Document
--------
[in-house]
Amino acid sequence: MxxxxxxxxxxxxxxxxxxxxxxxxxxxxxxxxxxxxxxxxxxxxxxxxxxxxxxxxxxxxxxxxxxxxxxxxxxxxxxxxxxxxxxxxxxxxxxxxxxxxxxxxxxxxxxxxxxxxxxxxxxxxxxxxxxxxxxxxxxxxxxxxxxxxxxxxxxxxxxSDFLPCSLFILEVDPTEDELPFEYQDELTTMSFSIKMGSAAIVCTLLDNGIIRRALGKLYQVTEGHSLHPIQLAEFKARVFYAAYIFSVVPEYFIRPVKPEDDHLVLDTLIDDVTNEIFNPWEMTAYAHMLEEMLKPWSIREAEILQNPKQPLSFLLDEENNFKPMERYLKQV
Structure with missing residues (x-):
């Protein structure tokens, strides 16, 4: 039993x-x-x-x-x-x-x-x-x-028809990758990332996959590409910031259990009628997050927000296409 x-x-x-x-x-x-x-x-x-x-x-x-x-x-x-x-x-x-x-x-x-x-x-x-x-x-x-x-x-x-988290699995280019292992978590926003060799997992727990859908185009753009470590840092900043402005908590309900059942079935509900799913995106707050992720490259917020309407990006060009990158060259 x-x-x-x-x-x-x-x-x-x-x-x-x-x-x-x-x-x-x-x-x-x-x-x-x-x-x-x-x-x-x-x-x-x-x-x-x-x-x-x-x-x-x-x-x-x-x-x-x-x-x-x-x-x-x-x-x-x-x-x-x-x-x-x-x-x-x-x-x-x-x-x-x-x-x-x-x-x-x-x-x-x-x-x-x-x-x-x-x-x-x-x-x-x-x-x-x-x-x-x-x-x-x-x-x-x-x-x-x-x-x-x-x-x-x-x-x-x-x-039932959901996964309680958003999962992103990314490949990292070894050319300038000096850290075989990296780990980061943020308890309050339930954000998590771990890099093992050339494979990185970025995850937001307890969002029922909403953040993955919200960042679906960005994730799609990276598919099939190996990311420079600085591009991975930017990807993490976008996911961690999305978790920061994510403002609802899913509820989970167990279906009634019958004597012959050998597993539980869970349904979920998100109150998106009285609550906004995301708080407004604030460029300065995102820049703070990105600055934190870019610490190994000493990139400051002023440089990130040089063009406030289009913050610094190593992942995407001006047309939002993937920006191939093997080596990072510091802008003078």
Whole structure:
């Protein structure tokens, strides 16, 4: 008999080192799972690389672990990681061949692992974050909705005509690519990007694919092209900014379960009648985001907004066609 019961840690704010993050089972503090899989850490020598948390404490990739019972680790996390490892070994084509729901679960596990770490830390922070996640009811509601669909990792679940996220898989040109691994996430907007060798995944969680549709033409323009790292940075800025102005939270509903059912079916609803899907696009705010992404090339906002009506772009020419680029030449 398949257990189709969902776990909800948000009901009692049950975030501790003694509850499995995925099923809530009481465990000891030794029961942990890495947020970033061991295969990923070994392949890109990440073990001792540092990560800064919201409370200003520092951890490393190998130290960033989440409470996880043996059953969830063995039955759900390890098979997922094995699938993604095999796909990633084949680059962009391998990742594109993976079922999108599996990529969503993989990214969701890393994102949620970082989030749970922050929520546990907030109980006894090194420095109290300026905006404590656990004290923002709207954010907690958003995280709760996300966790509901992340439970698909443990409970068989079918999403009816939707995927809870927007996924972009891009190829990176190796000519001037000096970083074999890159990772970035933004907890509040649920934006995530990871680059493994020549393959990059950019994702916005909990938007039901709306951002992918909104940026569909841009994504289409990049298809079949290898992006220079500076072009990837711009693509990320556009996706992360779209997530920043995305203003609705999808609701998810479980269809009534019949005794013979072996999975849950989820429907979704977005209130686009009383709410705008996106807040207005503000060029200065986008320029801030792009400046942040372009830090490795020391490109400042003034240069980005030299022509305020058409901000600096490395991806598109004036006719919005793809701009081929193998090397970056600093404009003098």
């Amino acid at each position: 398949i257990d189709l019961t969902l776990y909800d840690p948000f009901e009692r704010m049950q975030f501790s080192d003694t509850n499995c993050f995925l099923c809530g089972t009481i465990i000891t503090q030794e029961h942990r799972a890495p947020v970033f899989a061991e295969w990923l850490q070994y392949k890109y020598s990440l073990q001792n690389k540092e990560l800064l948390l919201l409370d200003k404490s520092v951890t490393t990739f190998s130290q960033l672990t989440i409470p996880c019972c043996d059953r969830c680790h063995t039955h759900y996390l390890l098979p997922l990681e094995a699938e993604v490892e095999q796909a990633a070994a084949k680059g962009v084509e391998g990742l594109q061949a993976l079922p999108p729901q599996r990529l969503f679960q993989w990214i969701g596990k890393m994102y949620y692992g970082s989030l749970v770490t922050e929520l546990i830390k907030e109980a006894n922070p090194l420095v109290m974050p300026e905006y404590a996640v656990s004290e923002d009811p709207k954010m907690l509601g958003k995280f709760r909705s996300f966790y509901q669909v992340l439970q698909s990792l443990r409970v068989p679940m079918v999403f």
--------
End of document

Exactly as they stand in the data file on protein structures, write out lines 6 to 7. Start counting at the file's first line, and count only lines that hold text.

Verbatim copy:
């Protein structure tokens, strides 16, 4: 008999080192799972690389672990990681061949692992974050909705005509690519990007694919092209900014379960009648985001907004066609 019961840690704010993050089972503090899989850490020598948390404490990739019972680790996390490892070994084509729901679960596990770490830390922070996640009811509601669909990792679940996220898989040109691994996430907007060798995944969680549709033409323009790292940075800025102005939270509903059912079916609803899907696009705010992404090339906002009506772009020419680029030449 398949257990189709969902776990909800948000009901009692049950975030501790003694509850499995995925099923809530009481465990000891030794029961942990890495947020970033061991295969990923070994392949890109990440073990001792540092990560800064919201409370200003520092951890490393190998130290960033989440409470996880043996059953969830063995039955759900390890098979997922094995699938993604095999796909990633084949680059962009391998990742594109993976079922999108599996990529969503993989990214969701890393994102949620970082989030749970922050929520546990907030109980006894090194420095109290300026905006404590656990004290923002709207954010907690958003995280709760996300966790509901992340439970698909443990409970068989079918999403009816939707995927809870927007996924972009891009190829990176190796000519001037000096970083074999890159990772970035933004907890509040649920934006995530990871680059493994020549393959990059950019994702916005909990938007039901709306951002992918909104940026569909841009994504289409990049298809079949290898992006220079500076072009990837711009693509990320556009996706992360779209997530920043995305203003609705999808609701998810479980269809009534019949005794013979072996999975849950989820429907979704977005209130686009009383709410705008996106807040207005503000060029200065986008320029801030792009400046942040372009830090490795020391490109400042003034240069980005030299022509305020058409901000600096490395991806598109004036006719919005793809701009081929193998090397970056600093404009003098």
């Amino acid at each position: 398949i257990d189709l019961t969902l776990y909800d840690p948000f009901e009692r704010m049950q975030f501790s080192d003694t509850n499995c993050f995925l099923c809530g089972t009481i465990i000891t503090q030794e029961h942990r799972a890495p947020v970033f899989a061991e295969w990923l850490q070994y392949k890109y020598s990440l073990q001792n690389k540092e990560l800064l948390l919201l409370d200003k404490s520092v951890t490393t990739f190998s130290q960033l672990t989440i409470p996880c019972c043996d059953r969830c680790h063995t039955h759900y996390l390890l098979p997922l990681e094995a699938e993604v490892e095999q796909a990633a070994a084949k680059g962009v084509e391998g990742l594109q061949a993976l079922p999108p729901q599996r990529l969503f679960q993989w990214i969701g596990k890393m994102y949620y692992g970082s989030l749970v770490t922050e929520l546990i830390k907030e109980a006894n922070p090194l420095v109290m974050p300026e905006y404590a996640v656990s004290e923002d009811p709207k954010m907690l509601g958003k995280f709760r909705s996300f966790y509901q669909v992340l439970q698909s990792l443990r409970v068989p679940m079918v999403f």